rowing up, I'm not sure I knew immediately that I wanted to be a "musician" per se, but I know I always HAD to be "front and center." Mom says I was "dancing in the womb" and Dad had me on a set of drums at age two learning musicality. My brother, however, had me on his dirt bike...lol. I was always dressing in tutu's, ballet shoes, heels and costumes and at 3, we were still living in MS at the time, I would sit up in the lifted fishing seat of our family's bass/ski boat, hold my Fisher Price Mr. Microphone and sing to
giving my own concerts at 3 :) When we moved to Las Vegas (I had just turned 5), I would go door to door, dressed as Josie (of the Pussycats) dragging my best friend Alicen around (she was the pussycat, of course) and give front door concerts....OMG, I was crazy. In elementary school, I would do whatever it took to be able to sing the National Anthem at events or get the "featured role" in plays, etc. <CV WW> Did anything else catch your fancy beforehand? I think at age seven, I was hooked...my Mom worked at a major strip casino and was involved in such a way that she could "allow" me access to some events taking place for the casinos. I found myself onstage with Earl Turner this way and eventually did an off-site event with Clint Holmes as well. I heard Mom talking about this particular event, asked if I could be in it, and she said she would ask. Her official reply was: "They said "yes", but I don't have time to help you put something together." So, I did it myself. I found the song that matched the event, I found my cos-
tume, I asked my brother to put my song on cd, and I rehearsed it myself. I performed it and got a standing ovation. Like I said...I was hooked! This is also when I was drawn to dance, as well. I enrolled with a local hip-hop team, known as the Starletts, and also made captain of a young local cheer team. I loved both, but dance had me hooked. You know my family are ALL musicians and love ALL genres, so I naturally fell in love with all types of dance and the music associated with it. I just immersed myself in training. I was
at the studio every day of the week and in 11 competition numbers in one year. I couldn't get enough and I loved being able to express myself through the art of dance and through music. The excellent training I received and tough schedule prepared me in a lot of ways for what I am doing now in my music career.
<CV WW> It’s been quite a physical road for you…talk about that moment when you said “yeah, I wanna rock, I wanna be up on stage”… and talk about your journey…born in Memphis, spent your elementary school years in Vegas, jumped into the LA scene, then made a decision to relocate to Nashville. That’s quite a road to travel… and now, you’re actually based on Nashville, but still fly to Vegas & LA to perform. How do you get any “me time” in all that?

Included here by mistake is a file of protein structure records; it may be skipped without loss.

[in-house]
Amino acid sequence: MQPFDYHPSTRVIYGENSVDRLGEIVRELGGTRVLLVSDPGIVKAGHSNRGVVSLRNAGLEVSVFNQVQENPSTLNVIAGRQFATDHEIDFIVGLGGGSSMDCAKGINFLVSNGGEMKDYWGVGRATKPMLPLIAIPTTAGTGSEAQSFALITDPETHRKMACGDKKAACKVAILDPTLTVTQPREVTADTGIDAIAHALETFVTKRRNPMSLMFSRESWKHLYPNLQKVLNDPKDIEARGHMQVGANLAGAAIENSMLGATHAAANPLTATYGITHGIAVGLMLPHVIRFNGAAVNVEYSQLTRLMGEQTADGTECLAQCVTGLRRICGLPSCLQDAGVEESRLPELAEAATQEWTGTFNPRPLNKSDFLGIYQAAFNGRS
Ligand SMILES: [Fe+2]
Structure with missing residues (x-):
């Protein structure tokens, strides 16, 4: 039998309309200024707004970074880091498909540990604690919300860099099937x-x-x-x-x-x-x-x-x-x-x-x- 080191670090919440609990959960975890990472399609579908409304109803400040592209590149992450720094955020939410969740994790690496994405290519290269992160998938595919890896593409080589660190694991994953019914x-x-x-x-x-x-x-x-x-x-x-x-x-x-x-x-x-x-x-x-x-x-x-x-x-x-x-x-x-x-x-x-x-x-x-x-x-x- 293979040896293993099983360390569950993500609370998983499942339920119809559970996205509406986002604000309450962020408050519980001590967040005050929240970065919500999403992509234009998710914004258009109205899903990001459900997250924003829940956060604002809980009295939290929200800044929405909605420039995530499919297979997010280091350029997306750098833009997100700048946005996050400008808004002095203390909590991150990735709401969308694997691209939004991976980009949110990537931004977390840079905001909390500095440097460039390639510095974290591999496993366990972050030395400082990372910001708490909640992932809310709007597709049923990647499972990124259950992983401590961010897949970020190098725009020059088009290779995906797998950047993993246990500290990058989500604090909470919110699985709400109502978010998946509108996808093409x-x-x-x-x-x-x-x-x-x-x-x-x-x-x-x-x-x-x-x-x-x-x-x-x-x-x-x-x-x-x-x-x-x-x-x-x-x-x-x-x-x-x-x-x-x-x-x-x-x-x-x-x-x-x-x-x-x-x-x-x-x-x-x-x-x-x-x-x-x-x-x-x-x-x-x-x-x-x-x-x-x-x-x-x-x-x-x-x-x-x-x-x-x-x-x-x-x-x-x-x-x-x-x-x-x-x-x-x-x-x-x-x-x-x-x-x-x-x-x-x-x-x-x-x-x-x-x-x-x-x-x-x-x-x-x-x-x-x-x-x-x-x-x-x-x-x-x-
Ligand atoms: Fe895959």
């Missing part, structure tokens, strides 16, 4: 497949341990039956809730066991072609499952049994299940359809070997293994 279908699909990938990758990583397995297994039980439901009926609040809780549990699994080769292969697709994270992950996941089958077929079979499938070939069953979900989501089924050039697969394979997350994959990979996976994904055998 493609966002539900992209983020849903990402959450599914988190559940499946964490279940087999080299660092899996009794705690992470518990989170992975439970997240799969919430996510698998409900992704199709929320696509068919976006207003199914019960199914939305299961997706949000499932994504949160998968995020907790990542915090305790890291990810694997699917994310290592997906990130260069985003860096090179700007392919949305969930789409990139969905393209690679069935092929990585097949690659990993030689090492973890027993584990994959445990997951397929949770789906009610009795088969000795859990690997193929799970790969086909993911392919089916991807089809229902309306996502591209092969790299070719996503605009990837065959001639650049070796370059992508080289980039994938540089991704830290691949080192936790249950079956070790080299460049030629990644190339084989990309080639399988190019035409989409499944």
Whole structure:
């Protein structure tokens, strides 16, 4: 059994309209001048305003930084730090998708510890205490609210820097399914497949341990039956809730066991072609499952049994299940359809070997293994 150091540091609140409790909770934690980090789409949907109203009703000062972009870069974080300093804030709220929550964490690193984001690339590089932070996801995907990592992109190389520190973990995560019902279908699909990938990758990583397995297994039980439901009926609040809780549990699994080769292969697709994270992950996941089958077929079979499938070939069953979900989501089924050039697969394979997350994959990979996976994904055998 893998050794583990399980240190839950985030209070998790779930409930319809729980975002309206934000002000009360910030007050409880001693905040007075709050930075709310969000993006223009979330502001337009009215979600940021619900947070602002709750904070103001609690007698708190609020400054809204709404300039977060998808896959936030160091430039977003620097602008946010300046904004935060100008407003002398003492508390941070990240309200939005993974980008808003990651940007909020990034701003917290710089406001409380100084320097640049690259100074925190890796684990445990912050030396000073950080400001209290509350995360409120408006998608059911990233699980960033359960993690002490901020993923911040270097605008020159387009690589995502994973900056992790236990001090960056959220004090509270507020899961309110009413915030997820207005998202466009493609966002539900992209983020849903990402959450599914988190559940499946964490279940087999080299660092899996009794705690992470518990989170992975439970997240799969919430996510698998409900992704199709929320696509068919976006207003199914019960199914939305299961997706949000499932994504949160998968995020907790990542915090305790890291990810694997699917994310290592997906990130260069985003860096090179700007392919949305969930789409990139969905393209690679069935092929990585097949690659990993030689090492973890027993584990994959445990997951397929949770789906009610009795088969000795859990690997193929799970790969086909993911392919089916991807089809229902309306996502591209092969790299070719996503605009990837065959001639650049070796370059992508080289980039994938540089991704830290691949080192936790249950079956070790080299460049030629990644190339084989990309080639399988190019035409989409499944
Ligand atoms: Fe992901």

Well during the seven years of intense dance training, I added voice training to my schedule. My brother was playing in a gigging band and I think that lit my singing fire again. Then I auditioned for Las Vegas Performing Arts Academy and joined the dance program and took choir. I was introduced to
learning harmonies and really started moving back into my love of singing. It was during my first year there (I was fourteen), I asked my parents to move me to LA and let me take acting, more vocal training, and see about getting me an agent. It was that year that EVERYTHING changed! My Dad and brother moved my Mom and me to LA into an apartment and I joined an Entertainment Training Complex. This particular studio's student roster was filled with "working industry talent"...every kid there was working in Hollywood and staying "booked." It was there that I learned to perform or entertain to the audience and camera versus within myself. I was booked in a Miley commercial within two weeks of moving there. While there, I was part of a pop girl group and a booking agent from Memphis/Nashville area saw me. After meeting with her, I was convinced that I needed to be in Nashville pursuing my singing career. I just had to convince my Mom and Dad. Within 5 months, my Dad drove Mom and me to Memphis and we eventually moved on to Nashville, where I am now. My parents deserve the Parents Sacrificial Award for the amount of support they've shown me. Because I have the building blocks of Vegas & LA entertainment scene in my soul, it bleeds into my performance style and the music I currently gravitate towards; I like things edgy and full-out :) I now travel between the West Coast and Memphis/North MS/Nashville area because that's the hub of my fan base and I enjoy being with and around them, and I have to be honest - this is when I'm happy...when I'm busy performing and growing. It's a challenge to fit "me"